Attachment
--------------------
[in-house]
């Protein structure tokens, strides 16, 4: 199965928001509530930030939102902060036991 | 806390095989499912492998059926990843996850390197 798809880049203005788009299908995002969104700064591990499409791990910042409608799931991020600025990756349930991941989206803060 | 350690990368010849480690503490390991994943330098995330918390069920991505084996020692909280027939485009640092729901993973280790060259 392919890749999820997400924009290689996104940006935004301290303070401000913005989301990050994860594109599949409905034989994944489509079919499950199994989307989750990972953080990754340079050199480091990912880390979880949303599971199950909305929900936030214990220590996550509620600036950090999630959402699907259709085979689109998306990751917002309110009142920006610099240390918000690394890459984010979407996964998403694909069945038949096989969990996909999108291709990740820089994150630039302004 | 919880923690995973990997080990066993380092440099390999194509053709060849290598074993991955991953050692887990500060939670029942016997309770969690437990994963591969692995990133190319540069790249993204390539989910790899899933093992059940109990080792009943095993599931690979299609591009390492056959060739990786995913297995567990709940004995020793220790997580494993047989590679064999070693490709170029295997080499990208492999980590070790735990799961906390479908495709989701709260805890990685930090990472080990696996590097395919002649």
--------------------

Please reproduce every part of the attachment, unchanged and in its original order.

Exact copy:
[in-house]
């Protein structure tokens, strides 16, 4: 199965928001509530930030939102902060036991 | 806390095989499912492998059926990843996850390197 798809880049203005788009299908995002969104700064591990499409791990910042409608799931991020600025990756349930991941989206803060 | 350690990368010849480690503490390991994943330098995330918390069920991505084996020692909280027939485009640092729901993973280790060259 392919890749999820997400924009290689996104940006935004301290303070401000913005989301990050994860594109599949409905034989994944489509079919499950199994989307989750990972953080990754340079050199480091990912880390979880949303599971199950909305929900936030214990220590996550509620600036950090999630959402699907259709085979689109998306990751917002309110009142920006610099240390918000690394890459984010979407996964998403694909069945038949096989969990996909999108291709990740820089994150630039302004 | 919880923690995973990997080990066993380092440099390999194509053709060849290598074993991955991953050692887990500060939670029942016997309770969690437990994963591969692995990133190319540069790249993204390539989910790899899933093992059940109990080792009943095993599931690979299609591009390492056959060739990786995913297995567990709940004995020793220790997580494993047989590679064999070693490709170029295997080499990208492999980590070790735990799961906390479908495709989701709260805890990685930090990472080990696996590097395919002649």